U.S. game struggles to attract new players
By Mark Lamport-Stokes
RANCHO MIRAGE, California (Reuters) - An ageing core of recreational players and plunging sales of entry-level rackets are the biggest concerns facing tennis in the United States, according to experts.
Though the U.S. tennis economy grew by 3 percent last year compared to 2013, based on data compiled by the Tennis Industry Association (TIA), much still needs to be done to lure the 18-35 age group to the sport.
"One and a half million fewer people bought entry-level rackets in 2014 than they did in 2008, and that's staggering," TIA president Greg Mason said state in his state of the industry update at the annual Tennis Summit.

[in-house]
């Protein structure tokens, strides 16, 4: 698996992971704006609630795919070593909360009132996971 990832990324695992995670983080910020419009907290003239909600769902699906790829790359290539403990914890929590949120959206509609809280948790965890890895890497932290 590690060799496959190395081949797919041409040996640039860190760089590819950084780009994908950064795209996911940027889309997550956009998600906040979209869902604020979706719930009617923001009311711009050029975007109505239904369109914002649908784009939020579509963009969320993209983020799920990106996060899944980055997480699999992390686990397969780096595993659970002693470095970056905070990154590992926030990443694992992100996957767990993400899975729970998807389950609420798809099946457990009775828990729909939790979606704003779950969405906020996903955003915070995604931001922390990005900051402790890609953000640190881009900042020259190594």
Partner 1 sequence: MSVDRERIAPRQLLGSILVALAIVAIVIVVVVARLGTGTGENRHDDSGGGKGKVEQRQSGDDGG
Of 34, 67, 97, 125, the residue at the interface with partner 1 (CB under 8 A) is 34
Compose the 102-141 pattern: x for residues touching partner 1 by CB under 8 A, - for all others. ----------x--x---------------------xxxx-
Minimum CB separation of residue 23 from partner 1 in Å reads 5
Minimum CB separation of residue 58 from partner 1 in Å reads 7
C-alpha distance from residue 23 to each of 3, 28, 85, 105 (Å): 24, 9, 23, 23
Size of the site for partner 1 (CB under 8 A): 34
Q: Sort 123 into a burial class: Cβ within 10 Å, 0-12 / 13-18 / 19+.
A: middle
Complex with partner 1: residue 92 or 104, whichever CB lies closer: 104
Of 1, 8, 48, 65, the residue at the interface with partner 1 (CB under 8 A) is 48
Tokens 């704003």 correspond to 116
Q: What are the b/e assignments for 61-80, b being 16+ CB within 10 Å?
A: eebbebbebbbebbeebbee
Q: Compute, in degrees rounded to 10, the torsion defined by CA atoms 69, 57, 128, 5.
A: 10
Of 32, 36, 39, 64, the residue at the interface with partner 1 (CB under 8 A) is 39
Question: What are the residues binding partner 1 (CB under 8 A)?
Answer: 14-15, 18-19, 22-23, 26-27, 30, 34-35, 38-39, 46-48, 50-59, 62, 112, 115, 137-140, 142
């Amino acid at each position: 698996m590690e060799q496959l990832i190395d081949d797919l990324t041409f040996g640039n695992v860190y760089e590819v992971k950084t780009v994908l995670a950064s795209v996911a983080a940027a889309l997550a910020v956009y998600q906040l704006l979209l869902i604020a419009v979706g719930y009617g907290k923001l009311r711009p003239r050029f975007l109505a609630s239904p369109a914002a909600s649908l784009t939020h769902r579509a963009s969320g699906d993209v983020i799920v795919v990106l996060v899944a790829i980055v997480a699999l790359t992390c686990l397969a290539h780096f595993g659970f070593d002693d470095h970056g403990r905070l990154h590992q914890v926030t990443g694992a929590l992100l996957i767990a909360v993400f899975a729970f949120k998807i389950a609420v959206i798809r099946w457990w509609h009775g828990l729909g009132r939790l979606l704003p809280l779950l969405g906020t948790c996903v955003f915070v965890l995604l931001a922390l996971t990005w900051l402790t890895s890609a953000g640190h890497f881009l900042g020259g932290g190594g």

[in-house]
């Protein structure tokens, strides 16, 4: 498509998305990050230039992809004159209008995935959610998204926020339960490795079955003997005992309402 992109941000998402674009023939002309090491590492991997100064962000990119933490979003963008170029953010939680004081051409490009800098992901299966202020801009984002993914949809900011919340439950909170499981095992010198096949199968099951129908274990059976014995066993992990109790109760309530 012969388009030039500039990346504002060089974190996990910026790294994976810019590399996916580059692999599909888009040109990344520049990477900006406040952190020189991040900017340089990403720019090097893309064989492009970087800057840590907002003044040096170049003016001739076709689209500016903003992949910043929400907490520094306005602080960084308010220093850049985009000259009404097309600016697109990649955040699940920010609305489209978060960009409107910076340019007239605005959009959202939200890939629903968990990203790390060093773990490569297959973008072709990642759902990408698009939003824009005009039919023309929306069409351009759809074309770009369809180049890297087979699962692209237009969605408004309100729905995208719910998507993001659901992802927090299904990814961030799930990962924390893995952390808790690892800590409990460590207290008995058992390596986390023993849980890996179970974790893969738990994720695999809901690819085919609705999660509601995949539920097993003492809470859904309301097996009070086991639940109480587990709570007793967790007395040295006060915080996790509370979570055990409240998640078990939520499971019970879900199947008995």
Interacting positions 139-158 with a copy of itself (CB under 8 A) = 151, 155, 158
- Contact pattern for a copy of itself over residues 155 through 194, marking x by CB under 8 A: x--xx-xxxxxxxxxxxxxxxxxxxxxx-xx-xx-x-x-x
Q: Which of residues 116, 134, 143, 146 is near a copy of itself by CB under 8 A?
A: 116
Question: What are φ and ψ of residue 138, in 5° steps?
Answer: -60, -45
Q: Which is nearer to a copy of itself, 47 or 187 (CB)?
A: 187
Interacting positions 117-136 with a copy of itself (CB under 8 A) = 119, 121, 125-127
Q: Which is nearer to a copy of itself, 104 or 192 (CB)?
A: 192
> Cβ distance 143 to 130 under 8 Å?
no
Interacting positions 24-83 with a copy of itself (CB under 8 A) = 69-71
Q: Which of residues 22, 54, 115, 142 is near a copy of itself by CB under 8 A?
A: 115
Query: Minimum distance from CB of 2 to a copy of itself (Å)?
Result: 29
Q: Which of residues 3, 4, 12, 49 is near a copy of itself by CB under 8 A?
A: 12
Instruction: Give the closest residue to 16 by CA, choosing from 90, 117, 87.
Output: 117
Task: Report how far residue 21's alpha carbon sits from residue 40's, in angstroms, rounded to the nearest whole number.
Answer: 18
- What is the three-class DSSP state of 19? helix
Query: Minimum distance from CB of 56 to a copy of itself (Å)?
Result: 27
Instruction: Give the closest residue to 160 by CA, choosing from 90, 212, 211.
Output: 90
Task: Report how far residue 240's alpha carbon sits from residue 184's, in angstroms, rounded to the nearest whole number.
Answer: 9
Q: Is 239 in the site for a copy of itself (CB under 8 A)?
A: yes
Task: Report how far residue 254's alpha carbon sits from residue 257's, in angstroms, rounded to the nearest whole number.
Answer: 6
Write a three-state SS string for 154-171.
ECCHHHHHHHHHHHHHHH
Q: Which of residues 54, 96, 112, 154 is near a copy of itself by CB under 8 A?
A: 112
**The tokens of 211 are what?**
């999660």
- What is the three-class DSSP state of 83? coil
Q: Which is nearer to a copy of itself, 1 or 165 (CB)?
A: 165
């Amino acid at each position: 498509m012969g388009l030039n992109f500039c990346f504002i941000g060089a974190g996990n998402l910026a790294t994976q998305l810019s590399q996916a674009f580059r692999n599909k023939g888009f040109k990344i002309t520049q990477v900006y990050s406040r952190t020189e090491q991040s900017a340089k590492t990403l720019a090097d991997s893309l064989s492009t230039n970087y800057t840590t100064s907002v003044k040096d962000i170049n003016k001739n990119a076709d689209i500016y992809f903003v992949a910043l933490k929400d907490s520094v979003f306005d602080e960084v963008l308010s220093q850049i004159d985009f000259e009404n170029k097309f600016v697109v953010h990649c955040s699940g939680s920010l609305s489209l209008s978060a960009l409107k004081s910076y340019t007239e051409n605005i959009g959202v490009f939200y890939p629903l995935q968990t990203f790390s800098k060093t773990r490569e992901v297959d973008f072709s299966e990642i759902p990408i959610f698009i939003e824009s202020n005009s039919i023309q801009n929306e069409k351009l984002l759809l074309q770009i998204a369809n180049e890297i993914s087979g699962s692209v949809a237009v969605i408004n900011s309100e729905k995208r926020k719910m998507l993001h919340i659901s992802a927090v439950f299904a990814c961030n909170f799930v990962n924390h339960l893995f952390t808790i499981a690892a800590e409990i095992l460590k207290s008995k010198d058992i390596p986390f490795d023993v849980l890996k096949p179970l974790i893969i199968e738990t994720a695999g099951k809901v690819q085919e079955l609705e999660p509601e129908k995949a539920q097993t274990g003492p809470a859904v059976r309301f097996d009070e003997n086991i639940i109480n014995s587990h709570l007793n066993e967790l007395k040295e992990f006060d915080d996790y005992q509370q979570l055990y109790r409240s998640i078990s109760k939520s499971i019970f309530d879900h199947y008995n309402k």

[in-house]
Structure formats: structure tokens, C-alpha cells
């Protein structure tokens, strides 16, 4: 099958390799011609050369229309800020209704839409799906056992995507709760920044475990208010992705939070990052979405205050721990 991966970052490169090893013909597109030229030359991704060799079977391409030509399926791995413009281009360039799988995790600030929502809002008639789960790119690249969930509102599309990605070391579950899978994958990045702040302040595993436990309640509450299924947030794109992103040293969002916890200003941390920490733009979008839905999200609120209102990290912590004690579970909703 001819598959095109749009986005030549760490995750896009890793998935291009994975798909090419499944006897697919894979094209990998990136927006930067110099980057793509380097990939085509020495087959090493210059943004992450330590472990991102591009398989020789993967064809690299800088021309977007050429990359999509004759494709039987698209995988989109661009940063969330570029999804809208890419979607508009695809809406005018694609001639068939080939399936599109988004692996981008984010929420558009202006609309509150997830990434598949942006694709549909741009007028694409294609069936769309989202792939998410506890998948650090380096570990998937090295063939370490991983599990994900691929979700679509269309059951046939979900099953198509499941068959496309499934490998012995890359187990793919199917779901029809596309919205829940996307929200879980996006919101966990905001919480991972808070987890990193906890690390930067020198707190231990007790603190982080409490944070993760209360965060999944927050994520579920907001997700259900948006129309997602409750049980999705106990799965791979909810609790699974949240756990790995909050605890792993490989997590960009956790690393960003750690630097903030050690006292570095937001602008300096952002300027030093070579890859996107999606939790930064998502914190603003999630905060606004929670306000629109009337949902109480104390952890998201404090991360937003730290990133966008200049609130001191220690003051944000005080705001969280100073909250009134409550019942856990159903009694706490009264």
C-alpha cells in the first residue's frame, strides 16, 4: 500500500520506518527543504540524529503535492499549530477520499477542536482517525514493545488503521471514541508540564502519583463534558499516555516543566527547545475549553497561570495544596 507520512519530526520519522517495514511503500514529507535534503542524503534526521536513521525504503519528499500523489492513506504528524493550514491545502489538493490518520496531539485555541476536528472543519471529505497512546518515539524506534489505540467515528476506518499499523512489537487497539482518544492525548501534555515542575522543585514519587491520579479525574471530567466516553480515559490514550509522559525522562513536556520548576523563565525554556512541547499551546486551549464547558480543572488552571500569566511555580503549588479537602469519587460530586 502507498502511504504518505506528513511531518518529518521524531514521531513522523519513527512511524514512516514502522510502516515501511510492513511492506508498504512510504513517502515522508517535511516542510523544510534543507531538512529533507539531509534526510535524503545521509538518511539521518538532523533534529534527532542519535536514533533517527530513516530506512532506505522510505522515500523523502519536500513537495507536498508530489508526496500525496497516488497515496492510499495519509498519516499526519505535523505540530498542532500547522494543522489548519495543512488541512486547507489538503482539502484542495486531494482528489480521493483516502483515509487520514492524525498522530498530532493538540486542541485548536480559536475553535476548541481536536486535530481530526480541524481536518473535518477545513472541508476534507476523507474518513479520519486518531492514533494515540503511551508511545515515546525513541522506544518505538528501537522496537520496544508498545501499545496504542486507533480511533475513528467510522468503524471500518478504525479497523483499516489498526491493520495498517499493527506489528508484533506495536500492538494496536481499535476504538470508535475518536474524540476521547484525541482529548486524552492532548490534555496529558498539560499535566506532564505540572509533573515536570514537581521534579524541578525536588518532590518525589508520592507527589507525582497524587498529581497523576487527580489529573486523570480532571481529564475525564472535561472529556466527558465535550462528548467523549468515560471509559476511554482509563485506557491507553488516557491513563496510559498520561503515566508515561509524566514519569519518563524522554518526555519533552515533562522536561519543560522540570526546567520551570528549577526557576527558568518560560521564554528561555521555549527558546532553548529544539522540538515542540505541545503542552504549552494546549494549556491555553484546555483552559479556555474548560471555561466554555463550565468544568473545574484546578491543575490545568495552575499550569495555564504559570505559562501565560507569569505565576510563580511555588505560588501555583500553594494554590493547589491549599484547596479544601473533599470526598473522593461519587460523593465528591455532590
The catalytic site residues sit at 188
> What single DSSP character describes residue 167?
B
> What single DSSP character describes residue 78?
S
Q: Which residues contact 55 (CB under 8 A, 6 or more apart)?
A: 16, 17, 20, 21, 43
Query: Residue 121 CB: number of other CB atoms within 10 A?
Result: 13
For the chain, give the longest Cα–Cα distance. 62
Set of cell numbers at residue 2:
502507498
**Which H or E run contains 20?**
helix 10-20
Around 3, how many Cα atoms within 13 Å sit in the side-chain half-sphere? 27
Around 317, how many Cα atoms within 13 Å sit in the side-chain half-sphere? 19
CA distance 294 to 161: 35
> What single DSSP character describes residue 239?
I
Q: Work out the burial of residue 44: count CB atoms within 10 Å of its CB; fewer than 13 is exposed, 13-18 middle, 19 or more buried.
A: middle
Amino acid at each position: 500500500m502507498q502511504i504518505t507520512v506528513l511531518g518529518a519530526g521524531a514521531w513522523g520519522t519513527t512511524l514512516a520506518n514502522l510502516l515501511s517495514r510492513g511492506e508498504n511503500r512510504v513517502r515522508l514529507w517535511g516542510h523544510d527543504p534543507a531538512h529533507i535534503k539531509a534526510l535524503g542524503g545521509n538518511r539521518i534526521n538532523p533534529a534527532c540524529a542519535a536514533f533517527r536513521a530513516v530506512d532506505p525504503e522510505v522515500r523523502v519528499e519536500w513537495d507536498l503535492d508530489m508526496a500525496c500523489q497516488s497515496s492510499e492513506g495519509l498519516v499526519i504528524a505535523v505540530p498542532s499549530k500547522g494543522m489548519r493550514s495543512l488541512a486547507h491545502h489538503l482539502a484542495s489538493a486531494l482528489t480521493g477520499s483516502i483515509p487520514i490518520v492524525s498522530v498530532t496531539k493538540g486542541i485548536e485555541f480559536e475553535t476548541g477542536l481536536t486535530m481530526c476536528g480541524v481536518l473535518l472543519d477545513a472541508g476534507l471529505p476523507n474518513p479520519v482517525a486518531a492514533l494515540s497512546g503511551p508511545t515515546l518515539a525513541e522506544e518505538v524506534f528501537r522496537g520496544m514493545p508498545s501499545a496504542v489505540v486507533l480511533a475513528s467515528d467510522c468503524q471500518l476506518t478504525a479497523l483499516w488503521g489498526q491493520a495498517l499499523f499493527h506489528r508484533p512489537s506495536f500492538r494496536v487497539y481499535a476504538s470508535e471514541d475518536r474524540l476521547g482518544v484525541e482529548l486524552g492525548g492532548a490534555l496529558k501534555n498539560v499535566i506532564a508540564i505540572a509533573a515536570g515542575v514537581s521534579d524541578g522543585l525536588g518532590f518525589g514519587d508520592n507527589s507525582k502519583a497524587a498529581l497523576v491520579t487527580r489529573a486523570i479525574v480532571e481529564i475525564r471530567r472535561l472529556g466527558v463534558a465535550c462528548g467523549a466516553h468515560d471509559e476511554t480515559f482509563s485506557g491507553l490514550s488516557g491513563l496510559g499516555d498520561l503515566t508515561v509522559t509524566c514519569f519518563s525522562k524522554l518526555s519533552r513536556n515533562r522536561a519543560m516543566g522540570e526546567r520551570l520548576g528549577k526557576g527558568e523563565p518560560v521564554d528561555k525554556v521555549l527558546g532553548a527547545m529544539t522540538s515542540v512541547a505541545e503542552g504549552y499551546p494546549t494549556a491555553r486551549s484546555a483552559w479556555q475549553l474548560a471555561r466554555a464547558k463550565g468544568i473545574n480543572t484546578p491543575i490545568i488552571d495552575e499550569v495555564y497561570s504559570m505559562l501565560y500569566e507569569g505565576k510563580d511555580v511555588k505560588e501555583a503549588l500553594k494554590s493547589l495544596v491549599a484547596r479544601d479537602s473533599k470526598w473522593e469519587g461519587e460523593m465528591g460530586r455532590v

"Are they buying them used? Maybe. But to me 1.5 million fewer rackets is a very concerning stat."
Mason, who with his TIA colleagues organized the two-day Tennis Summit held at the Westin Mission Hills Golf Resort & Spa, told Reuters the slowdown entry-level racket sales was one of three major concerns he had for the health of the sport.
"If entry-level racket sales are down, it means fewer people are coming into the game, and that's a big concern," said Mason.
"Secondly, as we look at the average player, they're getting older so we need to make sure that we do more to attract younger people.
"And third, we also want to bring people into the business of the game at a younger age so that we have fresh ideas, fresh approaches. Those are three biggest things we need to address." Continued...